Finding your ancestor in military records can help fill in missing facts for your
family tree. Most likely you have several ancestors that enlisted due to a draft
or served in one of our many wars. The information that you can find in their files
can give you a better understanding of your ancestor.
You will be amazed at what you can discover through military records, such as
the physical traits, where they were deployed, who their family members were, where
they were living and what their occupation was. Military Service records can tell
you about where they went, and the battles they fought, and how a war affected their
The military personnel records center (MPRC) keeps all current military service
files. However, the St. Louis Center had a fire July 12, 1973 and many documents
were destroyed. The fire destroyed many of the Army Veteran’s records that
were discharged or deceased between November 1, 1912 and December 31, 1959, as well
as, Air Force Veterans who were discharged, deceased, or retired before January
1, 1964, and whose names come alphabetically after Hubbard, James E. If you suspect
your ancestor’s file may have been involved in the 1973 fire, some data can
be pieced together from remaining files, but you need to know:
Place of military discharge
Last unit of assignment
Place of entry into the service, if known
Before Requesting Anything from MPRC
You are probably excited to get started and file for your ancestors military records,
but first you need to provide important facts that are going to help the MPRC locate
your military genealogy service
documents. You will be required to know the following when filling out the application:
The veteran's complete name used while in the military
Social security number
Branch of service
Dates of service
Date and place of birth (especially if the service number is not known).
All requests must be signed and dated by the veteran or next-of-kin.
If you are the next of kin of a deceased veteran, you must provide proof of death
of the veteran such as a copy of death certificate, letter from funeral home, or
How to Find Historical Documents
If you are missing some knowledge that will help to fill in the application, do
some research. The more complete your application is, the greater your chances of
getting the files you seek. Depending on what you are trying to find, certain genealogy records
can help provide the data you need.
Checking for the Right Social Security Number
You can get a deceased person’s SSN from the internet, but you are better
off filing for their original application. Names are common; if you only look up
what is on the web, you may get the wrong SSN for your ancestor. The original application
will also contain facts like where and when they were born, and it will have their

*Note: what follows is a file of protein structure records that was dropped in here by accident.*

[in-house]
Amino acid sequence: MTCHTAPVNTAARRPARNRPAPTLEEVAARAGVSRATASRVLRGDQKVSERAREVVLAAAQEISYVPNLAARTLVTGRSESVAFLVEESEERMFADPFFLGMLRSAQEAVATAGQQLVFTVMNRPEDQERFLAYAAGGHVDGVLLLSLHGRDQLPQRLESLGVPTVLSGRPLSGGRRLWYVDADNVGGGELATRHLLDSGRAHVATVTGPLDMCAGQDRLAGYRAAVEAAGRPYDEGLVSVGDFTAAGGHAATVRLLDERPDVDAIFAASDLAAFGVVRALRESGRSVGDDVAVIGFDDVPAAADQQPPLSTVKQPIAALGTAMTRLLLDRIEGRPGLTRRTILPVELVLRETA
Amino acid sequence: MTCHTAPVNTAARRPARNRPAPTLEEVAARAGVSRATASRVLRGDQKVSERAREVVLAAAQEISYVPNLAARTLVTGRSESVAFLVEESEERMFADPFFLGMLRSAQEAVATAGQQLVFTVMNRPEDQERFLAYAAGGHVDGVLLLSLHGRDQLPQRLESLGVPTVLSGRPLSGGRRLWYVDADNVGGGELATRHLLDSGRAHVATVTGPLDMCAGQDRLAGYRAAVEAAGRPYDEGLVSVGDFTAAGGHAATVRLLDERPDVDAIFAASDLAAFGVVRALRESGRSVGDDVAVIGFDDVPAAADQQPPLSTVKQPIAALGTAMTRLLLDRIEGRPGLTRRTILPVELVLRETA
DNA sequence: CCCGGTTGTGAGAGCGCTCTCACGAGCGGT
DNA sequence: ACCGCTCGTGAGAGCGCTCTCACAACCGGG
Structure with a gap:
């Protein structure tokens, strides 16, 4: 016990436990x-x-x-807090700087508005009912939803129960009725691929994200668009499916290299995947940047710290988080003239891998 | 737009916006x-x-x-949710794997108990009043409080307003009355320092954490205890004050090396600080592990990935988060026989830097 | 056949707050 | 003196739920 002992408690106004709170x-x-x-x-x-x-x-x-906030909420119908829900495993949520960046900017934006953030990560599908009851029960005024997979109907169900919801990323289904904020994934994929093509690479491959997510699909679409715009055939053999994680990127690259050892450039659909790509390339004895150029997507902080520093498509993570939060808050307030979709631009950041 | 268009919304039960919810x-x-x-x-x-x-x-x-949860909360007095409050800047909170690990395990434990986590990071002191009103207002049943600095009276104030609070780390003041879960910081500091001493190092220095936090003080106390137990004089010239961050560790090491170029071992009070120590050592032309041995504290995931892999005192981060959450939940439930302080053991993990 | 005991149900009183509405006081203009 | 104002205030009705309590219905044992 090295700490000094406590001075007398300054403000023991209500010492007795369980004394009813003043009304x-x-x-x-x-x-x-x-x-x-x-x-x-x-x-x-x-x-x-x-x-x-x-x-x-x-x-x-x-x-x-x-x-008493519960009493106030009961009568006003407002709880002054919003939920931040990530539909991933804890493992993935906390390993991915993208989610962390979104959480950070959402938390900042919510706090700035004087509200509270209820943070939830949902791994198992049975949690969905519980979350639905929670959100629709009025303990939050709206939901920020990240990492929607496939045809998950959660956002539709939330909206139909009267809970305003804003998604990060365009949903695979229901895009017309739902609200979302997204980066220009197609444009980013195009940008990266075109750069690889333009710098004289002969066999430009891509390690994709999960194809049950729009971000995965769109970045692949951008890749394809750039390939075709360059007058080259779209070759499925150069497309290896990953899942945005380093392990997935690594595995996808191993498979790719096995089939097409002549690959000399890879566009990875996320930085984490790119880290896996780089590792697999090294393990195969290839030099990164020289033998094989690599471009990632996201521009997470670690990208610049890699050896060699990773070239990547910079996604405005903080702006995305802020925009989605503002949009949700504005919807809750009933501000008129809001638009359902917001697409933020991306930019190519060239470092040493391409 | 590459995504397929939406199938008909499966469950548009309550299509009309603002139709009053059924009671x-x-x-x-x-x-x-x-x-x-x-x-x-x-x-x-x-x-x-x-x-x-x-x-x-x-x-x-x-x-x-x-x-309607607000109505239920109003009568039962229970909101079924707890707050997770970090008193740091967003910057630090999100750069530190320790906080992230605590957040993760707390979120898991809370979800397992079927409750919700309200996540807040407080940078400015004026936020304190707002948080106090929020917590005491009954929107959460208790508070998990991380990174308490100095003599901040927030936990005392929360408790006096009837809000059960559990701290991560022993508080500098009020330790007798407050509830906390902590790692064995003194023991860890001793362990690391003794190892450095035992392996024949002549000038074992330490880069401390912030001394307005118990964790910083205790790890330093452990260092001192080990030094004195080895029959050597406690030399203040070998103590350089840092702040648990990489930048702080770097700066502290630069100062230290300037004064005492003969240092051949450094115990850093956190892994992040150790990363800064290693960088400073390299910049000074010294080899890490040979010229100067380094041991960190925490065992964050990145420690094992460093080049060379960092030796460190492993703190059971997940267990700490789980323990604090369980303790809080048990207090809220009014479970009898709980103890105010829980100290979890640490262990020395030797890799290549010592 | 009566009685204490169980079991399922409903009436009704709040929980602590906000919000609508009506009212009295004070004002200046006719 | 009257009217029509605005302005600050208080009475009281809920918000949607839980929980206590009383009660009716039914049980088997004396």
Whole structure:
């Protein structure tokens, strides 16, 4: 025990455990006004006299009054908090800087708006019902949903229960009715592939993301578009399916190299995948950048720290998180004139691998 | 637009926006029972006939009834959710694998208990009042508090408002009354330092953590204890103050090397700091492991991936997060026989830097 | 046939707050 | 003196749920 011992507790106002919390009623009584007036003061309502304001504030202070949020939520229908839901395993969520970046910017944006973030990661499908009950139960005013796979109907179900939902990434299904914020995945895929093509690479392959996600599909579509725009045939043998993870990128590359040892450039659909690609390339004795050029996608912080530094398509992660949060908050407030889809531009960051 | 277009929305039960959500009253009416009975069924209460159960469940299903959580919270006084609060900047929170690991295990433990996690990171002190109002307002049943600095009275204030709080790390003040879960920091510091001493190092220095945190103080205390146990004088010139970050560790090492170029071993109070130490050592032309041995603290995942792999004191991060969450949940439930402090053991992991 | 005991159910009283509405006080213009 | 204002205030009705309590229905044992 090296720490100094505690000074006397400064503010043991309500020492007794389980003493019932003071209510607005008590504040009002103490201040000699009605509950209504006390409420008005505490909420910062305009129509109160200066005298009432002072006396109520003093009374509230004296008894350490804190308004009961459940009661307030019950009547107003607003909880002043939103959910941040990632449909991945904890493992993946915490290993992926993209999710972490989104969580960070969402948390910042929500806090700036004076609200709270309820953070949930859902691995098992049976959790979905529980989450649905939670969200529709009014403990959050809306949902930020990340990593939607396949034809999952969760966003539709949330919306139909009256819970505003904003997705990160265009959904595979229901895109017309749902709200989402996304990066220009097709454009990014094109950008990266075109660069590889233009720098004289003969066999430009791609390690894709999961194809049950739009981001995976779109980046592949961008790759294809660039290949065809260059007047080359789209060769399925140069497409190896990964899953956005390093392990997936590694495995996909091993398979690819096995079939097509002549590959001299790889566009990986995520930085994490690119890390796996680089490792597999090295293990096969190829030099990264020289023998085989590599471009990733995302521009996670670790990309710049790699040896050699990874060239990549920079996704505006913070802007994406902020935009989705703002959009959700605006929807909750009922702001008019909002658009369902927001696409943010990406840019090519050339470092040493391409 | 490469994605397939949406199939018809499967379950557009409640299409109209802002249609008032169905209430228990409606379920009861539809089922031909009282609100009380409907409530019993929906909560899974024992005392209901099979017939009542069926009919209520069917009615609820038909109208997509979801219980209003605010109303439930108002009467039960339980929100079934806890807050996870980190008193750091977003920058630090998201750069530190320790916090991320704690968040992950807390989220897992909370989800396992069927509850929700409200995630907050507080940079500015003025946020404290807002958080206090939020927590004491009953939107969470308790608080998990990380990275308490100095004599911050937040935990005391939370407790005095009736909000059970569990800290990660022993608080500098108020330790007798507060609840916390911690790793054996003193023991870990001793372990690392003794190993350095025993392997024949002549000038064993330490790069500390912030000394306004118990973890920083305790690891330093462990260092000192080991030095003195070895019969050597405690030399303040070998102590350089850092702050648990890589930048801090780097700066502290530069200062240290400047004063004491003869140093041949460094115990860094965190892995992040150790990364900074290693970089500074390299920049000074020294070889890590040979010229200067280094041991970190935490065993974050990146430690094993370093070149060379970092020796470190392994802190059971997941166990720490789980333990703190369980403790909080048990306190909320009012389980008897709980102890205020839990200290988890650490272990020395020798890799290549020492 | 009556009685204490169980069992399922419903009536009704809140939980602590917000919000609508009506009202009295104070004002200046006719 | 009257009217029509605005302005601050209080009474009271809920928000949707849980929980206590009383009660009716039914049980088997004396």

parents’ names. If you are trying to figure out the person’s mother's
maiden name, it most cases it will have that as well.
How to Find Birth Date and Place Information
Some common places that you can find birth data is in an old bible, birth certificate,
church records, obituaries, war ration books, social security forms known as SS-5
Form, death certificates, headstones, draft registrations, and passports.
Finding the Right Branch of Service
If you are not sure of the branch in which your ancestor served, go to the nearest
Veteran’s Affairs Office in your county. Based on the SN# (Service Number)
or the Social Security #, they may be able to locate the branch if his records have
been computerized. Another option is to try the County Courthouse in the county
where your ancestor lived. Many returning veterans’ left copies of their military
discharge papers there. However, the military discontinued to use SN#'s starting
with the Army in 1969, then the Navy and Marines in 1972, and finally with the Coast
Guard in 1974.
Requesting Military Service Records
Once you have enough facts to start your request, you will use Form SF-180. The
more complete your application is, the better your chances to obtaining your family ancestry documents.
The processing of the application is free. When sending in your packet, Always
request the complete file. Your request will take about 90 days to
process. Don’t be shocked if they send you other forms to fill out. Two common
forms are the DD2168 and NA13075. DD2168 – Is the application for military
discharge that helps assist the secretaries of the Armed Forces in issuing an appropriate
certificate of service.
NA13705 may be sent to you by the military service department if you are requesting
information that cannot be found due to the fire, but might assist them in locating
an archived record that contains some data, but the records have to be at least
62 years old. The information will be sent to National Archives to be researched.
Always Make Copies of the Completed Applications
If you do not have a response in 6 months, send a new package. Do not give up
until you have tried at least tree times. If they cannot find any records, they
will not tell you. If your request arrives when they are very busy, it could get
What is the Difference in Filing FOIA vs. SF-180 for Military Service Documents?
If nothing comes after 6 months and trying at least 3 times, try the Freedom of
Information Act (FOIA). FOIA generally provides access to government records in
executive branch agencies. There is a cost to file this application, even if nothing
is found. The research is through a decentralized system with more than 400 geographically-dispersed
components that maintain the documents you are seeking. If your ancestor has been
discharged from the military for more than 62+ years, it most likely will not result
in a good search, as the records will have been dispersed to the National Archives
and are no longer the property of the agencies that created them.